Disco Elysium is one of the smartest, most cerebrally fascinating RPGs of modern times. Released in 2019, the combat-free game blew us away, and won piles of awards, and has since gone into development with dj2 Entertainment for a possible Amazon Prime TV show. All from the extraordinarily humble beginnings of an Estonian collective. Sadly, however, it seems that has now broken down, with recriminations flying, and little clarity on what has actually happened.
At the beginning of October, it was announced by one of the group’s founders, Martin Luiga, that the “ZA/UM cultural association” was “dissolving.” This was in response to an unknown internal dispute that had, according to Luiga, caused three key members of the group to leave at the end of last year, in ways he described as “involuntary.” Tech News Space is reporting today that the game’s lead designer, Robert Kurvitz (one of those three who was let go from the studio), is suing the company ZA/UM, although again, details are scarce.
There’s a lot of confusion, not least about what ZA/UM actually is. The answer is, unhelpfully, two things. The first was an informal art collective from Estonia, formed around a decade ago, and responsible for all sorts of projects surrounding literature and cultural criticism. The second is a game studio, that grew out of the former, which some are claiming has been taken over by its UK investors, and from which Luiga has implied his colleagues were fired. He also said that “it no longer represents the ethos it was founded on.”
To hopefully offer a bit more flavor, I remember from a conversation with the original group of Estonian creators (before Disco Elysium first released), that their beginnings were unlike any other. I was told about how ZA/UM was, at one point, operated from an abandoned building in Estonia, where they would hang sleeping bags over the glassless windows to keep out the freezing winter. So when they talk about a change of ethos, you can see that they might have a very particular perspective.
ZA/UM, meanwhile, responded earlier this month saying that the continued development of Disco Elysium “was and still is a collective effort,” before adding they had no further comment.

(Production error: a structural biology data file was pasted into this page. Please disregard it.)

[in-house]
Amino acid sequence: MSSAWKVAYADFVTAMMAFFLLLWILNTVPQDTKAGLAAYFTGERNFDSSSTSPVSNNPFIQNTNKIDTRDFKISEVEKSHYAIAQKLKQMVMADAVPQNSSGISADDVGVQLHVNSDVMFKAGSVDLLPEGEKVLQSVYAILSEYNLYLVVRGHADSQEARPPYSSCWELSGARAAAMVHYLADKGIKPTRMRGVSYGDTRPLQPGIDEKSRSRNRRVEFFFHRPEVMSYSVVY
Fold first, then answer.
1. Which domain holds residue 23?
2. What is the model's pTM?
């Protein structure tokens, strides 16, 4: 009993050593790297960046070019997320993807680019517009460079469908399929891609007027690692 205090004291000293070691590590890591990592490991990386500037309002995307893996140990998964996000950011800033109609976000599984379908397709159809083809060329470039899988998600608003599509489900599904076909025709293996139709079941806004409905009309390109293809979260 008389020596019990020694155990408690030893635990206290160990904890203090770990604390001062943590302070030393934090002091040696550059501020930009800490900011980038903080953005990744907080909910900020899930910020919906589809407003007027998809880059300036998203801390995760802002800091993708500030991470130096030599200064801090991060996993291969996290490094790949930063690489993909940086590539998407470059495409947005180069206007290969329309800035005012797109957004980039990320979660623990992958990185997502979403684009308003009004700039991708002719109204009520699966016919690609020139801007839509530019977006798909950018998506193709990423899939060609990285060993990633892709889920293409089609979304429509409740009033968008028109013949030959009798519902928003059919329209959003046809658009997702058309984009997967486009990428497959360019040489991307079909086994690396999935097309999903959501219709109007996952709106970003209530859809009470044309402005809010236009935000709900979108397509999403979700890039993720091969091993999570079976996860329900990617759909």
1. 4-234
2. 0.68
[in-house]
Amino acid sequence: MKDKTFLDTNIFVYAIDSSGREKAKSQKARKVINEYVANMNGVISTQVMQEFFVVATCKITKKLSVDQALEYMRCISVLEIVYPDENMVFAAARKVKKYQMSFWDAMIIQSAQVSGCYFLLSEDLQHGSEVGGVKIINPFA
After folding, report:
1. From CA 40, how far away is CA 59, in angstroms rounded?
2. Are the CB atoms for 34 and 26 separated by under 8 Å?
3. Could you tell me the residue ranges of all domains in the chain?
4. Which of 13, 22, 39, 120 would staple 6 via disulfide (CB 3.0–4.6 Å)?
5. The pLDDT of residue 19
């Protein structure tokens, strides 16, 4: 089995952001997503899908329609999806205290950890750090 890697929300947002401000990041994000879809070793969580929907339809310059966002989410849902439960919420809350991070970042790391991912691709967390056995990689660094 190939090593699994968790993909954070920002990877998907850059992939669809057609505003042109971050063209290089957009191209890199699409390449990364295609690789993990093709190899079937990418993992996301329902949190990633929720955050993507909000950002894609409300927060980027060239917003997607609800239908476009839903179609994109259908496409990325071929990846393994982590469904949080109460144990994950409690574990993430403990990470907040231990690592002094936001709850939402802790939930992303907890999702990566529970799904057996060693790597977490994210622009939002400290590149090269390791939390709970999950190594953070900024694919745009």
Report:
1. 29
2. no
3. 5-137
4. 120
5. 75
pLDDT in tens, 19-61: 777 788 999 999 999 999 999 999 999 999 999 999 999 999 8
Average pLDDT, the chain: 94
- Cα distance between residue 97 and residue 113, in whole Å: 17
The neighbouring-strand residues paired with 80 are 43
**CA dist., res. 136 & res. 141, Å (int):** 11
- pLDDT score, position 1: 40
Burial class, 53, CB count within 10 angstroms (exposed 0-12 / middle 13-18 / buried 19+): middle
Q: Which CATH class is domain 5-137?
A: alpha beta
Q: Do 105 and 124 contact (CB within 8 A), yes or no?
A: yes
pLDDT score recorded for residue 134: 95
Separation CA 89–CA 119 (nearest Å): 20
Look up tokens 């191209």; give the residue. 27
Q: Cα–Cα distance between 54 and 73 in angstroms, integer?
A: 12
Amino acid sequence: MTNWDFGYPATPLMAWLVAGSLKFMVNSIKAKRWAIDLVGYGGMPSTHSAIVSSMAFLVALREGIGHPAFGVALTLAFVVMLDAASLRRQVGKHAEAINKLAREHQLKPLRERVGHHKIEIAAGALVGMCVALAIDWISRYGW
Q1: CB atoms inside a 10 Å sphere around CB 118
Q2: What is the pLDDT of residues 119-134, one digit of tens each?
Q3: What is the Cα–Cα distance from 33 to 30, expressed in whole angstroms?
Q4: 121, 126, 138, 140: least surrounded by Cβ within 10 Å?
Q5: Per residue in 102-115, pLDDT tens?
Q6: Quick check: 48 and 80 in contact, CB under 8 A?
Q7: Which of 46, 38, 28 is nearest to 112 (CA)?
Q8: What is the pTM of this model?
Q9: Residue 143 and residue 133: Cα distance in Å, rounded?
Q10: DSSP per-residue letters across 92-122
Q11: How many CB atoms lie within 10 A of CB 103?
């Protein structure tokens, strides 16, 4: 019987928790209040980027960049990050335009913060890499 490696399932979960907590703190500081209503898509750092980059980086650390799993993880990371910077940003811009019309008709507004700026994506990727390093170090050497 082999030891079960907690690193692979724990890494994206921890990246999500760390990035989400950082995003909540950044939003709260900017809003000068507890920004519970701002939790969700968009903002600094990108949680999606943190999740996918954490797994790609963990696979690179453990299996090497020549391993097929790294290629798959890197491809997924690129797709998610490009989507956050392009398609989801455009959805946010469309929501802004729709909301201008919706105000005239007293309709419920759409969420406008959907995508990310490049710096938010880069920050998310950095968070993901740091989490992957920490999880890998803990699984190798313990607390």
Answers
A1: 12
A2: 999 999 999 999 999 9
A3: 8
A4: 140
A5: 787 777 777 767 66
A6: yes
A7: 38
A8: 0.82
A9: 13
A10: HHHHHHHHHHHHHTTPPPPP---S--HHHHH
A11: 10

Our Australian siblings did some digging, and discovered that Kurvitz is a board member of another Estonian company called Telomer OÜ, and it’s this company that’s suing the remains of ZA/UM. A listing on Estonia’s Ministry of Justice site states that Telomer is seeking to “obtain information and review documents,” with a court date of November 28. Beyond that, and presumably until that date, more specifics are unavailable. However, one could speculate that the creator of the Elysium world might want to restore his ownership of his creation, especially given Kurvitz’s Telomer is listed as a video game publisher, and a sequel was supposed to already be in the works.
We’ve reached out to people involved on both sides, and will update should we hear back from more. Meanwhile, we spoke to ZA/UM founder, Martin Luiga, to get his perspective.
Luiga, it should be stressed, stopped direct involvement with the creation of Disco Elysium in 2016, but for a two-month stint in 2021. He was, however, the editor of Kurvitz novel, set in the same world, that preceded the game’s release, and indeed was the person to officially announce the dissolving of ZA/UM as an art collective earlier this month. I asked Luiga why he chose to dissolve, rather than disassociate, given that ZA/UM existed long before there was a game being made.
“Less confusion if you don’t have ‘Two Coopers,’ Luiga replied. “And, it provided a good framework for announcing that the three had been pushed out of the company, which I felt like should be public information.” I asked if they knew he was going to do this, and he says that he told them in advance that the organization was being dissolved, and that their job status was already in public, just not widely known. “The three are too cautious with information in my opinion. They themselves also agreed that it is good that this info is out now.”
Luiga told me the “collective had become dysfunctional,” but, it isn’t necessarily an end. “A collective is a tool. It can be disbanded and it can also be put back together if need be, like a band.”
I asked if the ZA/UM founder knew any more detail about the forthcoming court case, and he explained that he did not, and also had deliberately tried not to find out. But when I asked if he thought it would be to regain control of the Elysium IP, he said, “What else could it possibly be?”
Finally, I put a hypothetical scenario to the writer, who lives in Estonia and says he’s currently “writing some stuff and making primitive witch house remixes.” Say, if a certain video game company called, maybe, Telomer, were to regain control of the rights to the Elysium world, would he be someone who might join? “I might,” he replied. “See, for a writer it is important to have a lot of readers. This makes games a rather good format for them.”